The Spies Hacking our Phones are Going Dark, and We're All in Trouble

Wednesday, August 14, 2019 - 4:40 pm5:30 pm

John Scott-Railton and Bill Marczak, Citizen Lab

Abstract: 

Nation-states are increasingly abusing powerful commercial hacking and spyware tools to covertly surveil and invisibly sabotage entities they deem political threats, such as investigative journalists, human rights activists, and lawyers. Tools from companies such as EU-based FinFisher and Hacking Team, an Israel-based Cyberbit and NSO Group, allow their government clients to break into targets' computers and phones, access private files and passwords and even spy on activity in the vicinity of the device through its webcam and microphone. In 2018, we discovered likely attempts by the Mexican Government to spy on the phones of the wife and colleagues of a slain journalist, as well as a Saudi-linked surveillance operation that infected the phone of one of Jamal Khashoggi's close associates in the weeks leading up to his assassination.

Our identification of spyware targets is often a laborious process, driven by close work with targeted communities, and the establishment of delicate trust relationships which can take months or years to crystallize. We instruct targets to forward us suspicious links or attachments (common spyware vectors) for our analysis, and in some cases, we perform programmatic scanning of targets' email messages and devices. After we analyze spyware samples, we can perform global Internet scanning and DNS cache probing to map out the global extent of the activity. Though our work has uncovered dozens of cases of commercial spyware abuse around the world, it also suggests that the scale of the problem is significantly broader.

Compounding the difficulty of identifying targets is a trend towards the use of unavoidable zero-day zero-click attacks which leave little or no footprint that a target can notice and flag to us for analysis. Even in cases where a target is suspicious of compromise, legal and technical hurdles may preclude us from obtaining corroborating data from device forensics or cloud platforms. Two reported cases of these zero-click attacks have been recently documented through careful journalistic work with knowledgeable sources, including a hack of BBC and Al Jazeera journalists using an iMessage vulnerability, and a hack of a human rights lawyer using a WhatsApp vulnerability. These attacks cannot be prevented by a target's scrupulous security behaviors, such as screening suspicious messages or installing updates.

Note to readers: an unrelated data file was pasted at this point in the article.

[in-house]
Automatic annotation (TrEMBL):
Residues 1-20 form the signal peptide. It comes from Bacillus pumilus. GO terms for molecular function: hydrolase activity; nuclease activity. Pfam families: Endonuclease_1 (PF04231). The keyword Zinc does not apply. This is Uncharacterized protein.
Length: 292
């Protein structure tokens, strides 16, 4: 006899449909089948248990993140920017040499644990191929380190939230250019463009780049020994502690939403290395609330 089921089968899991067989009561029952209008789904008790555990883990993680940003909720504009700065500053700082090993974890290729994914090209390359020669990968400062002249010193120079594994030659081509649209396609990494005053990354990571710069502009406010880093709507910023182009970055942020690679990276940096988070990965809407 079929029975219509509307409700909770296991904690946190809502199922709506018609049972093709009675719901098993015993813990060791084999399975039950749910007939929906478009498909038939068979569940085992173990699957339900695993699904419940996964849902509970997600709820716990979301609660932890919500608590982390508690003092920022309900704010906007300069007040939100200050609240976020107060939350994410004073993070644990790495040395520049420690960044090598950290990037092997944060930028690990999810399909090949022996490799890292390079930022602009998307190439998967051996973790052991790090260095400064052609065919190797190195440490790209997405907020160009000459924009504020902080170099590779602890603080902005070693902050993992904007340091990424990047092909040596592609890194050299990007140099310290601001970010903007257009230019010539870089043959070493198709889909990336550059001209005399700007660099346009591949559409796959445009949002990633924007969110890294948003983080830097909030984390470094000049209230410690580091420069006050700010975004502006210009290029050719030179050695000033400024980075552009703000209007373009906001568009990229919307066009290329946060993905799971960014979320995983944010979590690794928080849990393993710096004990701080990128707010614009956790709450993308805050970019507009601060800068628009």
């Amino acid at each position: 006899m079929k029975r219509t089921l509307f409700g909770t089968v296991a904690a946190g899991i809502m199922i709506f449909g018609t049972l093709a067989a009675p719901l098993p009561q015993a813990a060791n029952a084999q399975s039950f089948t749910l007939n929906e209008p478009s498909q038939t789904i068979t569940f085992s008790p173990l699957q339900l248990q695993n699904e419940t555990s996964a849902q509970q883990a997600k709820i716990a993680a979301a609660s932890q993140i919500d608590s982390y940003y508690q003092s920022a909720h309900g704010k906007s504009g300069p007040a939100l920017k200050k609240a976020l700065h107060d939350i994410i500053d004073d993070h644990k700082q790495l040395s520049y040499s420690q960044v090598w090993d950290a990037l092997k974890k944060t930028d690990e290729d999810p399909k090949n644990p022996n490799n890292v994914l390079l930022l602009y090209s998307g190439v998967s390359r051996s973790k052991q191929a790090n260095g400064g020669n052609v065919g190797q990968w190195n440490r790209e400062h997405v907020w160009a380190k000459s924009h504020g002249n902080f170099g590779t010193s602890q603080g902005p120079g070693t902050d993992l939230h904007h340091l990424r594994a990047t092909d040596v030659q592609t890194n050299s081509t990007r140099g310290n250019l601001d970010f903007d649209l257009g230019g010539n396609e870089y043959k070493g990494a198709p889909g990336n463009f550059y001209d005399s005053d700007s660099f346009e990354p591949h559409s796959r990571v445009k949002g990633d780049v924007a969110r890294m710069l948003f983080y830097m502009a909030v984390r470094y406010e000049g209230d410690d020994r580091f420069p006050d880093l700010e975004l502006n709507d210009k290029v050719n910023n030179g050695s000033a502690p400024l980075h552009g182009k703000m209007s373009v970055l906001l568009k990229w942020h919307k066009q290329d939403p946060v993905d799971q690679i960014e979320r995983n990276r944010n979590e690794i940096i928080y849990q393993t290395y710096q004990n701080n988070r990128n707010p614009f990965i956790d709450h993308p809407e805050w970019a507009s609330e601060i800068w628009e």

In this talk, we will illustrate the Citizen Lab methodology for identifying commercial spyware abuses, using cases from our most recent research, and highlight how developers, platforms, and fellow researchers can all help in addressing the problem of spies "going dark." It is clear that business as usual in the commercial spyware sector threatens our freedoms of thought and action, and perhaps democracy itself. Academic research, especially that which identifies specific cases of abuse can be an effective means to create accountability in the industry, and ultimately put an end to the misuse of these powerful espionage tools for political gain.

John Scott-Railton, Citizen Lab

John Scott-Railton is a Senior Researcher at Citizen Lab (at The University of Toronto). His work focuses on technological threats in civil society, including targeted malware operations, cyber militias, and online disinformation. His greatest hits include a collaboration with colleague Bill Marczak that uncovered the first iPhone zero-day and remote jailbreak seen in the wild, as well as the use of Pegasus spyware to human rights defenders, journalists, and opposition figures in Mexico, the UAE, Canada, and Saudi Arabia. Other investigations with Citizen Lab colleagues include the first report of ISIS-led malware operations, and China's "Great Cannon," the Government of China's nation-scale DDoS attack. John has also investigated Russian and Iranian disinformation campaigns, and the manipulation of news aggregators such as Google News. John has been a fellow at Google Ideas and Jigsaw at Alphabet. He graduated with a University of Chicago and a Masters from the University of Michigan. He is completing a Ph.D. at UCLA. Previously he founded The Voices Projects, collaborative information feeds that bypassed internet shutdowns in Libya and Egypt. John's work has been covered by Time Magazine, BBC, CNN, The Washington Post, and the New York Times.

Bill Marczak, Citizen Lab

Bill Marczak is a Senior Research Fellow at Citizen Lab, a co-founder of Bahrain Watch, and a Postdoctoral Researcher at UC Berkeley, where he received his Ph.D. in Computer Science. His work focuses on defending against novel technological threats to Internet freedom, including new censorship and surveillance tools employed by well-resourced actors against activists and civil society.

BibTeX
@conference {240687,
author = {John Scott-Railton and Bill Marczak},
title = {The Spies Hacking our Phones are Going Dark, and We{\textquoteright}re All in Trouble},
year = {2019},
address = {Santa Clara, CA},
publisher = {{USENIX} Association},
month = aug,
}

Presentation Video